The world can be viewed through a variety of lenses. When we look from the perspective of art, we may first notice color, shape, and other attributes that please us or evoke memories and emotion. As a scientist, we can ponder molecular structure, organisms’ roles in ecosystems, or estimate quantitative measures of what we see. When we think as a writer or historian, we might try to read into the stories behind the scenes we observe. As teachers, we are familiar with helping our students use these and many other perspectives as they learn subject after subject and travel from one class to another.
Systems thinking can be a unifying theme amid this complexity and shifting frames of reference. The same tools, like behavior over time graphs and feedback loops, can be used across disciplines. For example, the iterative process of revision and improvement based on feedback is common to virtually all academic subjects, including both the writing process and the design cycle. Guiding students to recognize these generic traits of thinking and working can help us all become better at interdisciplinary learning. Take a look at the “Habits of a System Thinker” – you will recognize most of the habits as core values or desired behaviors in your life.
Another universal principle of systems thinking involves stocks and flows. Stocks are accumulations of things, and flows measure the rates at which the stocks change. In a similar way to the introduction of other tools, simple examples of stocks and flows may not add much insight to our understanding. Water in a bathtub is a common example of a stock. The flow from the faucet is an inflow that fills the tub, while the drain is an outflow to empty it. The software named STELLA that we use at IACS draws clear maps of stocks and flows:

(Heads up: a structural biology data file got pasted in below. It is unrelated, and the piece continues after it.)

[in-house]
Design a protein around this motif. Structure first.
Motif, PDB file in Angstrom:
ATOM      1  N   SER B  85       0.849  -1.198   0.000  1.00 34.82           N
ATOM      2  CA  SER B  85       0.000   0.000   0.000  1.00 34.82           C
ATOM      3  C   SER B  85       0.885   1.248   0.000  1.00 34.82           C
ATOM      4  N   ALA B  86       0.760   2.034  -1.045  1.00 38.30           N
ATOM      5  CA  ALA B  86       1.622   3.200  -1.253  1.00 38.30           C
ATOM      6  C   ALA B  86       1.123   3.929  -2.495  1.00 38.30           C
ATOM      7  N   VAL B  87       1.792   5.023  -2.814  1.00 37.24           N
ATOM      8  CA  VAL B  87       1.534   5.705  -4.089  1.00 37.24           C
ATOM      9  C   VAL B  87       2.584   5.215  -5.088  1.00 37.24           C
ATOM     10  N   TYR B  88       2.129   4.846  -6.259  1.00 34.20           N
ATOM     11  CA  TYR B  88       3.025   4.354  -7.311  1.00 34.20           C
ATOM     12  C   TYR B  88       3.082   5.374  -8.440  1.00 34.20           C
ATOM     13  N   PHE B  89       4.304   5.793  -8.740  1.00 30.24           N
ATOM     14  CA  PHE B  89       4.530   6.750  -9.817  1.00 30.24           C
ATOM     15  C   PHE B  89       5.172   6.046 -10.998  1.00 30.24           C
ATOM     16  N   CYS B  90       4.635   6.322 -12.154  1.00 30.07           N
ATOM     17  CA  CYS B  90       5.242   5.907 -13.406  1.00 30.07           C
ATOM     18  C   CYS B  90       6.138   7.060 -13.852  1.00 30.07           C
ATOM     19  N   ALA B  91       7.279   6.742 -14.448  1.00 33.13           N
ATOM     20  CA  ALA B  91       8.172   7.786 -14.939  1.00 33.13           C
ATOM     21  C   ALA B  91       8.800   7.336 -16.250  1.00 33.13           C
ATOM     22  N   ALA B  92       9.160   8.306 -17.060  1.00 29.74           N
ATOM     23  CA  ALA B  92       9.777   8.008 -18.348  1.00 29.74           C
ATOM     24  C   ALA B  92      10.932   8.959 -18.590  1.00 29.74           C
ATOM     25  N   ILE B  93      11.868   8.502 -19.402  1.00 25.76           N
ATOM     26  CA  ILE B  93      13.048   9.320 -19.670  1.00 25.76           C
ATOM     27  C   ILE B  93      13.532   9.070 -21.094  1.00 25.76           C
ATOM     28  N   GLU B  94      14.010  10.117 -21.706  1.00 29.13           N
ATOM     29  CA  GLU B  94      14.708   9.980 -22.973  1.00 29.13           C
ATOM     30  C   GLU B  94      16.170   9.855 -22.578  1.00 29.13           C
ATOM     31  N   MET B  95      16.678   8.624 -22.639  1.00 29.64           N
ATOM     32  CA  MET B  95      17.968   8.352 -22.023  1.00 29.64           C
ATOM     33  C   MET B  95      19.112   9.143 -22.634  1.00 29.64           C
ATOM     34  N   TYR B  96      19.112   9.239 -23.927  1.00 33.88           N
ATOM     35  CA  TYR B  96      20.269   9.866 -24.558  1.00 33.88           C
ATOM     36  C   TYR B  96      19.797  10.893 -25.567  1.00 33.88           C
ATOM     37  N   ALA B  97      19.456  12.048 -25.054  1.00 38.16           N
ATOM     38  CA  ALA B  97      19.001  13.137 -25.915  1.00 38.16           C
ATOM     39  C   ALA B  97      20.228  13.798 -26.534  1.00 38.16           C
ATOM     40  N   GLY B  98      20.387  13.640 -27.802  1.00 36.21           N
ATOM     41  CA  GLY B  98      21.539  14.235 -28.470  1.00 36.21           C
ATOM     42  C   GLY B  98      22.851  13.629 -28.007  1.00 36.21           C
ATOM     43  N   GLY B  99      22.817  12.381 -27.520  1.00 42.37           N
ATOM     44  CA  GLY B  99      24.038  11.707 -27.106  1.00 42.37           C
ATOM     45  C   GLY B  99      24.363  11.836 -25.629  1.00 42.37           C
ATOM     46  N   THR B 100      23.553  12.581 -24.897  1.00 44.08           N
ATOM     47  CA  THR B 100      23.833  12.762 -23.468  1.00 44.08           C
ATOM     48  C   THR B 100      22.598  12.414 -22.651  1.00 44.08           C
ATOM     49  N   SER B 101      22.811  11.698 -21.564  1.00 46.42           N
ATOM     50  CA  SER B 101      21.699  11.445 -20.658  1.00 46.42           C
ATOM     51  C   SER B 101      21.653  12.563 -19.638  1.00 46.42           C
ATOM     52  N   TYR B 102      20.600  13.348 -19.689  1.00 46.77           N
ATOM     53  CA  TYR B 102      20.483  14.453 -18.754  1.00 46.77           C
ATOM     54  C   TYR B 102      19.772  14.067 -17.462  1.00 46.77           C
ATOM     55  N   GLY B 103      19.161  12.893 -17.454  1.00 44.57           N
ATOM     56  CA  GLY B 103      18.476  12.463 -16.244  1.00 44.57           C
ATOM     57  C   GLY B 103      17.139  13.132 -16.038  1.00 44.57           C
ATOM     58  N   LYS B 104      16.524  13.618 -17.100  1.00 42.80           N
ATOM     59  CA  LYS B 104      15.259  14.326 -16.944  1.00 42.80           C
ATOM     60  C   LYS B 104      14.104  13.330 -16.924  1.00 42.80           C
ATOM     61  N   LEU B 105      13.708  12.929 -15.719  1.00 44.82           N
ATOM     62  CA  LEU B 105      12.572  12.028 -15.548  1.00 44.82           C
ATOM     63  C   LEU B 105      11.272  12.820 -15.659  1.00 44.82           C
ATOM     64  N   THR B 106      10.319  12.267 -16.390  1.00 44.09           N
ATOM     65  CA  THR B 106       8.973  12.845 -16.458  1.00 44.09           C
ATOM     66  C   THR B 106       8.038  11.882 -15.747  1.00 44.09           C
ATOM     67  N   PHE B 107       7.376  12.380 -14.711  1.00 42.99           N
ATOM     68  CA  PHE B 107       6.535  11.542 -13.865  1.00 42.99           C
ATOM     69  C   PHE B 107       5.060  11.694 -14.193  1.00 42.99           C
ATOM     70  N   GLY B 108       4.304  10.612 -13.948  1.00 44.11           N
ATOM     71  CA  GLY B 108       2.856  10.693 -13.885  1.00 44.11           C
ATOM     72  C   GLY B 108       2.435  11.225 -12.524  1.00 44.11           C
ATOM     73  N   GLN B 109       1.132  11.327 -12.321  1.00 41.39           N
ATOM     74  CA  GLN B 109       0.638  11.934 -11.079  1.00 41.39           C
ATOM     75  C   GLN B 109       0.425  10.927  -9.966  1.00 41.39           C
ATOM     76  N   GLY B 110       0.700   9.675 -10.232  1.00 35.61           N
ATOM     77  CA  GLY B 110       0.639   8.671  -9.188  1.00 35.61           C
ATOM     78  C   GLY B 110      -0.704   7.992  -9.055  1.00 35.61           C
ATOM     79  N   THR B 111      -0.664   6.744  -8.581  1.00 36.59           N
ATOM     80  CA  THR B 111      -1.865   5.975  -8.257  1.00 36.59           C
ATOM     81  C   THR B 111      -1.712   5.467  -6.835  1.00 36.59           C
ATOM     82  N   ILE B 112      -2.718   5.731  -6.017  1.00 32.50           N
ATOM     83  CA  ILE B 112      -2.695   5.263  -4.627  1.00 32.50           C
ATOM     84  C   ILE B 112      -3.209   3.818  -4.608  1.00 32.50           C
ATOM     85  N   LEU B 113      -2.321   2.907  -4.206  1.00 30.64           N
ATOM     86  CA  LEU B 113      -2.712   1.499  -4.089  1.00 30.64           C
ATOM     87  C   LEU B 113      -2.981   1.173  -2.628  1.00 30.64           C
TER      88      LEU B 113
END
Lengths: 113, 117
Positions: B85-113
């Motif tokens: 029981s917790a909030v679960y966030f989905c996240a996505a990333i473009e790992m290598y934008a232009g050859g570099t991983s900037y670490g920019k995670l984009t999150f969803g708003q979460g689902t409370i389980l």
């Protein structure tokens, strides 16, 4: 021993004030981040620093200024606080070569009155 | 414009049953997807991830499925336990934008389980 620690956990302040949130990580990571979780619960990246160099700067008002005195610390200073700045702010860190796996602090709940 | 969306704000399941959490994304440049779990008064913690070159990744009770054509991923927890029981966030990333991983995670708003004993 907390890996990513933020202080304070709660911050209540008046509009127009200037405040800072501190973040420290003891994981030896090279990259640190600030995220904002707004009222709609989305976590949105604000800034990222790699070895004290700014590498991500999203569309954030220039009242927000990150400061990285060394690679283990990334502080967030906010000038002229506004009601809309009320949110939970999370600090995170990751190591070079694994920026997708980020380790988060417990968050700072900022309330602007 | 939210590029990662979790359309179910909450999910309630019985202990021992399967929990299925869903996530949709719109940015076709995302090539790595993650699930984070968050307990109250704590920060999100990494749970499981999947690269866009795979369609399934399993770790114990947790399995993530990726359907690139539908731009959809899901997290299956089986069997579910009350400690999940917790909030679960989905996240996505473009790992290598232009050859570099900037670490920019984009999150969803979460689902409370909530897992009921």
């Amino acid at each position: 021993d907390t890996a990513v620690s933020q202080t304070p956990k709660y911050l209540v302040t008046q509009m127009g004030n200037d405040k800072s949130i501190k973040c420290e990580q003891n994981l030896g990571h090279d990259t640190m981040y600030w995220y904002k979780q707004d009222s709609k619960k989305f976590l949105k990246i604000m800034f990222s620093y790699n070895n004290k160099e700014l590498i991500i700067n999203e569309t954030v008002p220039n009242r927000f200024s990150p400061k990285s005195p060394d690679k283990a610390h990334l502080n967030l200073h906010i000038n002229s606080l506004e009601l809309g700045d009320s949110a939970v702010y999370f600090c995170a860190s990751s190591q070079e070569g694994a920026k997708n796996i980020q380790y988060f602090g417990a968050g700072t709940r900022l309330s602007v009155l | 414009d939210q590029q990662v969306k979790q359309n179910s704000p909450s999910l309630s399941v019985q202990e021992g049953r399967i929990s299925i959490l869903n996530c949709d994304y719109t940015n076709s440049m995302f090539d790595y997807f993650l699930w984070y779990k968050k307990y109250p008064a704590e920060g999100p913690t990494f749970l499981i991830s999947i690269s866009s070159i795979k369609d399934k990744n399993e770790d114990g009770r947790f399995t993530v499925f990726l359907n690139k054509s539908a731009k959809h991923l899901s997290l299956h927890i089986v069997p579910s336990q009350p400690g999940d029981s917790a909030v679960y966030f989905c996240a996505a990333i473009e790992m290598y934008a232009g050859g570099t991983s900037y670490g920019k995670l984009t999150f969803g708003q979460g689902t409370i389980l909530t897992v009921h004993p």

No big insight there. The clouds on the ends of the flows mark the model boundaries. While it’s important where water comes from to fill the tub and where it travels when it drains, we are not modeling that larger system in our diagram. This is a simple bathtub map.
But stock and flow thinking becomes difficult for us when the rates of change are confusing. Let’s substitute other names for the elements in our diagram:
Most people agree this causes a big problem, climate change. Projections of energy use point out how stubborn the inflow is. We are essentially running the faucet with the drain open, but the inflow is outpacing the outflow. If we level off our CO2 emissions somewhere close to current levels (a giant challenge), the inflow will still exceed the outflow. And when inflow > outflow, the stock increases. That’s true for water in a tub, CO2 in the atmosphere, organisms in a population, happiness in our lives … anything we can represent as a stock and flow. To reduce the level of CO2currently in the atmosphere, the rate of removal must exceed the rate of additional CO2 being produced.
Here’s one more stock and flow map to consider:
If we spend more than we can pay, our stock of debt rises. But I suspect you know this isn’t the whole story, especially if you’ve borrowed money. Debt costs us money in the form of interest, and STELLA uses two more icons to complete this picture:
Interest payments are based on a rate represented by a circle called a converter. The interest rate is multiplied by the existing debt, adding to the stock of debt. This feedback connection is shown by the red arrows called connectors. Students can easily learn how to input numbers and equations in order to model this situation, learning some important lessons before getting their own credit cards.
Most people benefit from the discipline and practice necessary to draw stock and flow maps. Their simplicity and clarity of design provide another communication tool representing how a system operates. We help students gain an appreciation for rates of change, feedback, and other elements of systems when we integrate stock and flow thinking in our curriculum.
If you use any of the activities in The Shape of Change, have a look at the section in the newer editions of the text or on the web to see stock and flow explanations of each activity.